ITHACA, N.Y. -- Scratching the surface of wild tomatoes that bugs don'tbother, Cornell University scientists discovered the plants' chemicalsecret for repelling insect pests: a complex, waxy substance thatcommercially grown tomatoes have "forgotten" how to make.
A simplified formulation of the wild tomatoes' chemical has been granted aU.S. patent on "Non-cyclic Esters for Pest Control" and could become thenext-generation nontoxic insect repellent for a long list of crops onhungry bugs' menu.
The newly patented compounds may work, in part, because they create stickysurfaces that insects don't like, and also because the compounds break downto release short-chain fatty acids, which are known to repel insects.
"We've made smaller versions of natural fats that are easily biodegraded tofatty acids," said Bruce Ganem, a Cornell chemist and co-inventor, alongwith Martha A. Mutschler, professor of plant breeding. "These are similarin structure to the natural triglycerides in our bodies, only with shorterfatty acids, and the amounts that will be on crops seem unlikely to pose ahealth hazard to humans." Ganem is the Franz and Elisabeth RoesslerProfessor of Chemistry in Cornell's College of Arts and Sciences.
Two insect larval pests, the tomato fruitworm (Helicoverpa zea) andthe beet army worm (Spodoptera exigua), cause an estimated $30million a year in damage to the processing-tomato crop inin California.The grubs bore holes in tomato fruits, allowing decay organisms to enterthe skin and spoil the fruit. But when the Cornell pest-control chemicalis sprayed on tomatoes, damage from tomato fruitworm and beet army worm isgreatly reduced or eliminated altogether.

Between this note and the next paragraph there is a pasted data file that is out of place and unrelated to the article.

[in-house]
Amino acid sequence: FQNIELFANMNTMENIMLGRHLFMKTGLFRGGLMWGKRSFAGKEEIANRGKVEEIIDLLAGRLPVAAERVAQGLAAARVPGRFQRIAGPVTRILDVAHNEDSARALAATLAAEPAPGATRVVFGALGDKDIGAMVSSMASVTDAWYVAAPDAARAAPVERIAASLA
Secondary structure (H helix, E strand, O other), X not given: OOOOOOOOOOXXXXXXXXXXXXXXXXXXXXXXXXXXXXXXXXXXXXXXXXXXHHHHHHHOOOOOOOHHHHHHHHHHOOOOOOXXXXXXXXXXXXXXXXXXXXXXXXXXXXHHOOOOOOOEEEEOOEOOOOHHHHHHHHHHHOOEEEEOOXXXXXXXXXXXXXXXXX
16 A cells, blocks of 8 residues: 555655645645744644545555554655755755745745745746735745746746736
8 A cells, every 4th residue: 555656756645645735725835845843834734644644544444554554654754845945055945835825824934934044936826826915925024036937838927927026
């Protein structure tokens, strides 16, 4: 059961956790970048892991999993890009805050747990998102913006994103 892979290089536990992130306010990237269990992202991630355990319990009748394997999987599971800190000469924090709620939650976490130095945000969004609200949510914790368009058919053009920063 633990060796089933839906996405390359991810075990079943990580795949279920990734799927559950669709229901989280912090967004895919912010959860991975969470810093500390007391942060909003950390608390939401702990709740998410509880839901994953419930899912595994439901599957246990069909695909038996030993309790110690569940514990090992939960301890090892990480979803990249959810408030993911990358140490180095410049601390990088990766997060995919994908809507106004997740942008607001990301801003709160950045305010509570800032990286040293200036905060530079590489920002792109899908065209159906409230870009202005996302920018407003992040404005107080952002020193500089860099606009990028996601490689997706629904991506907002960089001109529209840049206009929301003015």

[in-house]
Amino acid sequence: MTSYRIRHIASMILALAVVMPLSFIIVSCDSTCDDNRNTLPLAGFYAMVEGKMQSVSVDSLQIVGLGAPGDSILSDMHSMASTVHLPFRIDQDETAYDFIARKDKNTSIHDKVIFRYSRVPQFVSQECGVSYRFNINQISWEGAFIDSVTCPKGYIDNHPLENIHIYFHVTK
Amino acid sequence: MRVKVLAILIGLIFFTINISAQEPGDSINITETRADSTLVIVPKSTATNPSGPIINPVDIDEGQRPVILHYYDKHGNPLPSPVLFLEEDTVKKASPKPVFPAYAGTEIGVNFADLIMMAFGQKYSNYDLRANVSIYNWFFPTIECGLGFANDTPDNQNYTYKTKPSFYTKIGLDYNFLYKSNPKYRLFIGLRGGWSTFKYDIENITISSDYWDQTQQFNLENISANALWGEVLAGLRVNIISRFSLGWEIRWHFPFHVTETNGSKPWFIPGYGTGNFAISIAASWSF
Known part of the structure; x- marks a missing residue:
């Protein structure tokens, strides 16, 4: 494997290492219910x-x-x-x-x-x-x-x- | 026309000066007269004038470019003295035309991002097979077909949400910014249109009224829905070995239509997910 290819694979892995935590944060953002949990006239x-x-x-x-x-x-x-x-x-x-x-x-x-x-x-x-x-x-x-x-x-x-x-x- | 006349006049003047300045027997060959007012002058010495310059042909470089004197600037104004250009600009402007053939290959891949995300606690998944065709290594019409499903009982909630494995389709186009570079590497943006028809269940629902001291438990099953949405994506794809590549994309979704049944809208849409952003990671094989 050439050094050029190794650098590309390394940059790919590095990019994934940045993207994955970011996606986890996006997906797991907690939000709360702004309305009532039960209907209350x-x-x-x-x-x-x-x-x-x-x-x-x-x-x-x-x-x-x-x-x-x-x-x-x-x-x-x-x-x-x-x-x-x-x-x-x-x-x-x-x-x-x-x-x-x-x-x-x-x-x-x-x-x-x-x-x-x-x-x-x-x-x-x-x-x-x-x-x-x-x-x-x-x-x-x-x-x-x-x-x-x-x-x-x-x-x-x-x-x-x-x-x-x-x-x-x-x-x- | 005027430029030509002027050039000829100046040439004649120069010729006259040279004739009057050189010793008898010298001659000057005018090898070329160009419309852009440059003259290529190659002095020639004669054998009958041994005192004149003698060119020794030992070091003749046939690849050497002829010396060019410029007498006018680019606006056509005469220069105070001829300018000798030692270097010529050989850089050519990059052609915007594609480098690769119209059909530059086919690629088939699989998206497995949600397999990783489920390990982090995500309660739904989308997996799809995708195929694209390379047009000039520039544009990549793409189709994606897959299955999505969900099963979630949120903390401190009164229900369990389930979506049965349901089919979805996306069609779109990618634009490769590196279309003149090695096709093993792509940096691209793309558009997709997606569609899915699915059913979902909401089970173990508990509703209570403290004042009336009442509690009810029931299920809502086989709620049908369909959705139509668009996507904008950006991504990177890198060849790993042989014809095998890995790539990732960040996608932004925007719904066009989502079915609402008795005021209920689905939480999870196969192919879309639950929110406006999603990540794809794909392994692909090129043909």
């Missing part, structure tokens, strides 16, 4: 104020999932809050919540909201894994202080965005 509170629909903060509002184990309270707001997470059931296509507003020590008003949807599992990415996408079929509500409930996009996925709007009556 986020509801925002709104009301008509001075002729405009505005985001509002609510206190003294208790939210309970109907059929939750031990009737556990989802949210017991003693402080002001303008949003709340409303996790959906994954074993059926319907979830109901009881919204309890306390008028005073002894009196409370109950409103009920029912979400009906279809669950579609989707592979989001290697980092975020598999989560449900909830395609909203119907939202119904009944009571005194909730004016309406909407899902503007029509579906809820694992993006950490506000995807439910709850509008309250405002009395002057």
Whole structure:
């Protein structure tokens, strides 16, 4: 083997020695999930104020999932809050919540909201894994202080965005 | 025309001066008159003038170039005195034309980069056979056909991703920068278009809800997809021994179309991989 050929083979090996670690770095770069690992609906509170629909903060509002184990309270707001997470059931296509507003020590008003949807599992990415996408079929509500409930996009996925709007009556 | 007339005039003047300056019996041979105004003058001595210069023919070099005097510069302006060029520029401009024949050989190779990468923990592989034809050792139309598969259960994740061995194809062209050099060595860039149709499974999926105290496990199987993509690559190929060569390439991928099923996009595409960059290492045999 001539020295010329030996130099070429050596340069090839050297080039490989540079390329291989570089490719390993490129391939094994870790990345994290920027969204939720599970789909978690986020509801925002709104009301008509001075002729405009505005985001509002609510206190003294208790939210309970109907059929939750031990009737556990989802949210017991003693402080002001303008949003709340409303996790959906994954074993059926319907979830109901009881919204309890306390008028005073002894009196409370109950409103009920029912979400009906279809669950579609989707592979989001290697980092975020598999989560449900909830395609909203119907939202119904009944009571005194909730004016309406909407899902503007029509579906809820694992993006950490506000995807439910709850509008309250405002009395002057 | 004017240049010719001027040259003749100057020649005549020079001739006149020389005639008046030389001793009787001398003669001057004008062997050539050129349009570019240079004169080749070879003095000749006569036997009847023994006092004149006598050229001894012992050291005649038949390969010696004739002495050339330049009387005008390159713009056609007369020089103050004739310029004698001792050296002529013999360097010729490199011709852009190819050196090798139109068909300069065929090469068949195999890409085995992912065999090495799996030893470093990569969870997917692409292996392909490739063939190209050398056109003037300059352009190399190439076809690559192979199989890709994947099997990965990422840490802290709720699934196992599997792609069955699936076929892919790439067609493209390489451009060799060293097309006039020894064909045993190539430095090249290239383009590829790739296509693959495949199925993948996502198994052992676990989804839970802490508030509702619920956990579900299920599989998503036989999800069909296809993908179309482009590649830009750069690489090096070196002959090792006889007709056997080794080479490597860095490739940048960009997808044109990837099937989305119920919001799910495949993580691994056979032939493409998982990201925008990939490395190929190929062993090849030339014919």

In addition to tomatoes, the patented chemical agents are expected toprotect a wide range of crop plants and ornamental plants against more than30 kinds of mites, beetles, leafminer flies and whiteflies, aphids,leafhoppers, mealy bugs, worms and thrips, the Cornell inventors said. Andthe same insect species that are repelled from eating the plants also areless likely to oviposit (lay eggs), thus breaking a cycle of plantdestruction, the scientists added.
The Cornell scientists began their discovery process by selecting wildtomatoes (Lycopersicon pnennellii, the relative of a commonlycultivated tomato, L. esculentum) with few insect blemishes, thenwashing the fruit to obtain the natural compounds for chemical analysis.The exact mixture of glucose esters and other compounds would have been toocomplicated to duplicate, Ganem said, so they narrowed their formulation tosome simple analogs with common structural and physical properties.
"Now the chemistry is easy," Ganem said, noting that the patent coversseveral similar formulations of the pest repellent. The "non-cyclic" termmeans each compound's carbon atoms are arranged in chains, rather than inrings.
Mutschler and Ganem hope to take their invention to the next stage -- amarketable product with all the emulsifiers and stabilizers that areexpected by consumers -- through a Technology Development Fund Grant fromCornell's Office of Economic Development.
The above post is reprinted from materials provided by Cornell University. Note: Materials may be edited for content and length.
Cite This Page: